The phrase “distant from the outer edge of the support in the outward direction” means that the component is outside the region defined by the outline (outer shape in a plan view) of the support viewed in the direction of light incident on the liquid crystal display. In other words, as shown in FIG. 12A, the component is at the side remote from an effective pixel region 16 with reference to the outline of the support. The outline of the support is not limited to a rectangular shape shown in FIG. 12A. The outline may have a cutout portion 21, as shown in FIG. 12B. In such a case, a position inside the cutout portion 21 is also “distant from the outer edge of the support in the outward direction”.

When the driving IC 15 is located distant from the outer edge of the support in the outward direction, the driving IC 15 is exposed and is not covered with the support, such as frame 20 or the light-shielding panel 30. Thus, the heat generated in the driving IC 15 can be easily released.

Moreover, it also becomes possible to cool the driving IC 15 itself. A typical LCD projector is equipped with a blower fan and thus air flows around the liquid crystal display, as shown in FIG. 13. The driving IC 15 distant from the outer edge of the support is located on the air passage; hence it is possible to cool the driving IC 15 with the air from the fan.

According to the liquid crystal display described above, heat can be easily released from the driving IC 15, and the driving IC 15 itself can be cooled. Thus, the temperature increase of in the driving IC 15 can be suppressed. A LCD projector equipped with this liquid crystal display having a COF structure can meet the demands for higher precision, higher aperture ratios, low costs, and the like, and rarely suffers from malfunction of the driving IC 15 resulting from increased temperature. Moreover, this structure prevents inappropriate optical modulation in the liquid crystal display panel 10 by the malfunction, i.e., the degradation in the quality of the image displayed. Furthermore, the degradation in image quality resulting from heat transferred from the driving IC 15 to the liquid crystal display panel 10 can be reduced. According to the liquid crystal display described herein, the reliability of the driving IC 15, i.e., the driving circuit of the liquid crystal display panel 10, can be improved as well as the reliability of the liquid crystal display. Since no special elements are necessary, higher reliability can be achieved without increasing the cost.

The driving IC 15 is preferably disposed at the outgoing light-side of the flexible film substrate 14 so that light is not directly incident on the driving IC 15. This is because, compared to a case where the driving IC 15 is disposed at the incident light-side of the flexible film substrate 14, the possibility of light (diffracted light and the like) entering the driving IC 15 can be decreased. When the light incident on the driving IC 15 is decreased, the temperature of the driving IC 15 can be prevented from increasing and malfunction of the TFTs caused by carriers generated by the incident light can be prevented.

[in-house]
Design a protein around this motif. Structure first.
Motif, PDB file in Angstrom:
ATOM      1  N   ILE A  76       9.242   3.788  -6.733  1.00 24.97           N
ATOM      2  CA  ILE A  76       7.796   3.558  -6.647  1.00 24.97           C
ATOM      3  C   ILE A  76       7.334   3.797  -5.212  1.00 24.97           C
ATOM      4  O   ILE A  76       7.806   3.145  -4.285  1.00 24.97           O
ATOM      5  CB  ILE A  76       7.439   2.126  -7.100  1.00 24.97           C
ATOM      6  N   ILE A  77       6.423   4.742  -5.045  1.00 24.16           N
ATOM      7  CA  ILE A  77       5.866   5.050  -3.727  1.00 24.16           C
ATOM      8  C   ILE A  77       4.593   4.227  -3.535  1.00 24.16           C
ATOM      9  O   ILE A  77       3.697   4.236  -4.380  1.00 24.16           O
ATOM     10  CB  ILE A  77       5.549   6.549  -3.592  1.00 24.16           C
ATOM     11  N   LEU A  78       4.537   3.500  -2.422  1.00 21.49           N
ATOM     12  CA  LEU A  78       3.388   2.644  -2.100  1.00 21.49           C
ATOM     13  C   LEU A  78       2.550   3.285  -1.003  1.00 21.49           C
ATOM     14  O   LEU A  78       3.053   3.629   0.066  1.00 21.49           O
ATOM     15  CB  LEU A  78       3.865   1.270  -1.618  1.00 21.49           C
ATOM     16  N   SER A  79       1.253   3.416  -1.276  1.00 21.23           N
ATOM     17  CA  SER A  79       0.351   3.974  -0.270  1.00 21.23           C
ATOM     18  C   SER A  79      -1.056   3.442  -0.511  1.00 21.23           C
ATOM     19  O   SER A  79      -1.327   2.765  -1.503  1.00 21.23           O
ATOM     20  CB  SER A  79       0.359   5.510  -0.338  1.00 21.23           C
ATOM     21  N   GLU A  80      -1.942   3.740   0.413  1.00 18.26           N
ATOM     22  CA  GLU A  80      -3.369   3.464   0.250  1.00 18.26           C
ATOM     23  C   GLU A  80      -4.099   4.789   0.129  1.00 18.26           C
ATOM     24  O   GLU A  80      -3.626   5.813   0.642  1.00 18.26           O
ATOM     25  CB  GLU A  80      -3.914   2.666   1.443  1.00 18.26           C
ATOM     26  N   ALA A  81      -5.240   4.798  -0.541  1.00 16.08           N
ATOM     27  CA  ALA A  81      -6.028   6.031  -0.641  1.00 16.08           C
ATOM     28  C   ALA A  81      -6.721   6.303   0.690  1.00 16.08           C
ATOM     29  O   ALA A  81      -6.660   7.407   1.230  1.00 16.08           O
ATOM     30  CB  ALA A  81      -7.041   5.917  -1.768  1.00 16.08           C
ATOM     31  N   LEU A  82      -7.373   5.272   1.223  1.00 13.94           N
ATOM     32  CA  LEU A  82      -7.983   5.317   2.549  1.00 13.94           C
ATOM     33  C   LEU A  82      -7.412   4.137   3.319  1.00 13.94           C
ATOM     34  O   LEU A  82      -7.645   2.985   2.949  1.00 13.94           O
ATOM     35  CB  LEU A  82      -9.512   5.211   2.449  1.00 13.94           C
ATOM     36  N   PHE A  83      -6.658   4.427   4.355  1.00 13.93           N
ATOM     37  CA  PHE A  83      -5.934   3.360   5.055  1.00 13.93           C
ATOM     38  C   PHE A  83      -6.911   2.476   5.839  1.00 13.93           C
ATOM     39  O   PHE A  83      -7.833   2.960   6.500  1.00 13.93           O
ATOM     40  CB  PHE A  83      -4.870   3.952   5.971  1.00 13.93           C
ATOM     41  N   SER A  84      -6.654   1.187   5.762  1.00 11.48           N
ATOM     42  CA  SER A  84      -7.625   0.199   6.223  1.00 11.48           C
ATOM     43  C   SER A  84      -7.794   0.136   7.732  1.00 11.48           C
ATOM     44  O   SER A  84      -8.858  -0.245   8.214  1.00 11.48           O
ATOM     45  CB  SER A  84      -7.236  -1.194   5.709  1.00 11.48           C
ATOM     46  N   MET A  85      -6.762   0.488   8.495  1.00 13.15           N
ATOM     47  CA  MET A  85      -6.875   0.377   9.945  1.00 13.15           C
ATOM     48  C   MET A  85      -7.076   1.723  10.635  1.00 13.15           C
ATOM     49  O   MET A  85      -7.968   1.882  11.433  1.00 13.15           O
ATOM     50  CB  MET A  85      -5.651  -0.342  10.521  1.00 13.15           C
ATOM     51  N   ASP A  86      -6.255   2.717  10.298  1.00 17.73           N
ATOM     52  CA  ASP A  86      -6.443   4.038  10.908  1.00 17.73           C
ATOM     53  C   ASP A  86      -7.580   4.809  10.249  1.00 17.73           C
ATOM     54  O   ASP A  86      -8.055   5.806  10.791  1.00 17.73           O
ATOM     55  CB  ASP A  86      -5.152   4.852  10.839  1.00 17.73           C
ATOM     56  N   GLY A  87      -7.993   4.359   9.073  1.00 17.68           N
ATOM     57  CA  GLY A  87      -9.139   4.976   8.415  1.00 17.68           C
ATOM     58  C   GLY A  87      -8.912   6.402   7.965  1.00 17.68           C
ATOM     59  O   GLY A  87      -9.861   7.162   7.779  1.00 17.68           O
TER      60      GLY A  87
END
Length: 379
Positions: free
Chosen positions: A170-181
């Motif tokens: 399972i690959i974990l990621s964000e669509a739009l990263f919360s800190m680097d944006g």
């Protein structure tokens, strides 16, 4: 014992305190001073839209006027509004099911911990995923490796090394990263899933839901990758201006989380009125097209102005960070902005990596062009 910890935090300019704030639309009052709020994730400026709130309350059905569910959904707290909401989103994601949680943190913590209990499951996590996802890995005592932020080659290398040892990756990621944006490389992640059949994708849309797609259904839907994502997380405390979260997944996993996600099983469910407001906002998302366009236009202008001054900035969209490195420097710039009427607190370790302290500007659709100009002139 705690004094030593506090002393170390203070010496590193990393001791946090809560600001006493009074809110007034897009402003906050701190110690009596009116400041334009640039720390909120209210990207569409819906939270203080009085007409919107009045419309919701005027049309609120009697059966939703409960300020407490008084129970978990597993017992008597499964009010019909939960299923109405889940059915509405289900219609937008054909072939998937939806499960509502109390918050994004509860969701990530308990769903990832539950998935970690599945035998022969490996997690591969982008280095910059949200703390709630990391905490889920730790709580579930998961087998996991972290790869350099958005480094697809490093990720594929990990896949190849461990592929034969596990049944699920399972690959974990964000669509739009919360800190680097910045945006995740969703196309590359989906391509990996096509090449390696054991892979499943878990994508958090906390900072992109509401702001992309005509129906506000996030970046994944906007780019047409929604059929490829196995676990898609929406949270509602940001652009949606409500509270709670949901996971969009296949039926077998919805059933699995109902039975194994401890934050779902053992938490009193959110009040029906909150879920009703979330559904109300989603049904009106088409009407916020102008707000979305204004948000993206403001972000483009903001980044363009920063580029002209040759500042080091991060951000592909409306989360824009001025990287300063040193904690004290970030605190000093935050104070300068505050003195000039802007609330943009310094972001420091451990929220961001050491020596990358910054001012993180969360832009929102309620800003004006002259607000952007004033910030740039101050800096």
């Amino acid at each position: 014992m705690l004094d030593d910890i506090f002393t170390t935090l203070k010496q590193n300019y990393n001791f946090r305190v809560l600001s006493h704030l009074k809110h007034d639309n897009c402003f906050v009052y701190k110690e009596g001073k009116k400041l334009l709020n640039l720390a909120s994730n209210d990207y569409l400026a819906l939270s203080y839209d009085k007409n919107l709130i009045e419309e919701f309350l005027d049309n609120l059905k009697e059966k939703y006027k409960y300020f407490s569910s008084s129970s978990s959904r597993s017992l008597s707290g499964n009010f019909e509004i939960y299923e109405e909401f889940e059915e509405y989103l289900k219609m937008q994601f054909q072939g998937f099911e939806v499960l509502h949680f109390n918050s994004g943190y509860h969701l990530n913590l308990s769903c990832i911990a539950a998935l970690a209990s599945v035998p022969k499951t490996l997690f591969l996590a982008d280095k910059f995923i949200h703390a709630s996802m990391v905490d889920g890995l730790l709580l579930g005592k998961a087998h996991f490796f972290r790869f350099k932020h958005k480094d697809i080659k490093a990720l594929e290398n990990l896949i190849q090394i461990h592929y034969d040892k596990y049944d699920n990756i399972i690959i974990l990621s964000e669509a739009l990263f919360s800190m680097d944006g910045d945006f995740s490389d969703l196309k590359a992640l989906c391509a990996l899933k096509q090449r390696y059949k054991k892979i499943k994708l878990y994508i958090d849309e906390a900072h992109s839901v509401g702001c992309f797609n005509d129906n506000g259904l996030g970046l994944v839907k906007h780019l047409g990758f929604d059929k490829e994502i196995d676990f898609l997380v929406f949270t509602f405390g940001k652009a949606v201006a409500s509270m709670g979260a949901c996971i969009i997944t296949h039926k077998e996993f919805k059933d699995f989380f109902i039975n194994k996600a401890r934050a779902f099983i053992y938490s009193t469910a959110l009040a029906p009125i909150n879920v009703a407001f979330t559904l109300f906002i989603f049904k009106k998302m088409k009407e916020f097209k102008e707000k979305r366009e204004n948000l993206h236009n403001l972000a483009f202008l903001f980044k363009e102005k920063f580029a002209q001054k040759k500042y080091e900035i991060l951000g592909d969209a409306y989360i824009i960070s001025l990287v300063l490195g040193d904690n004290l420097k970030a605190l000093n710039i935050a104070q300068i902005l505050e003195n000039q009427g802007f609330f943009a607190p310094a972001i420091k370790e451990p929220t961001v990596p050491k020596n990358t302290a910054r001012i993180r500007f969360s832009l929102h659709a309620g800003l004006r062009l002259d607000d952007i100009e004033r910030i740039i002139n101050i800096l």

Next, other examples of the liquid crystal displays of this embodiment will be described with reference to FIGS. 14A to 14C. FIGS. 14A to 14C are partial diagrams for explaining the other examples of the liquid crystal display of this embodiment.

As shown in the drawings, the driving IC 15 is not covered with the support, and the flexible film substrate 14 has bending points. With these structures, the driving IC 15 on the flexible film substrate 14 is offset in directions parallel to the direction of the light incident on the liquid crystal display panel 10. The offset amount is preferably at a level at which the driving IC 15 is distant from the outer edge of the support in the outward direction.

Here, the phrase “distant from the outer edge of the support in the outward direction” means that the component is at the incident light-side with respect to the end face of the support disposed at the incident light-side of the liquid crystal display or that the component is at the outgoing light-side with respect to the end face of the support disposed at the outgoing light-side of the liquid crystal display. To be more specific, the driving IC 15 may be at the outgoing light-side with respect to the frame 20, i.e., the support, as shown in FIG. 14A; the driving IC 15 may be at the incident light-side with respect to the light-shielding panel 30, i.e., the support, as show in FIG. 14B; or the driving IC 15 may be at the outgoing light-side with respect to the mounting board 40, as shown in FIG. 14C.

The driving IC 15 at an offset position is located on the passage of air delivered by the blower fan of the LCD projector. Thus, the cooling air can be supplied to the driving IC 15 to thereby reliably cool the driving IC 15.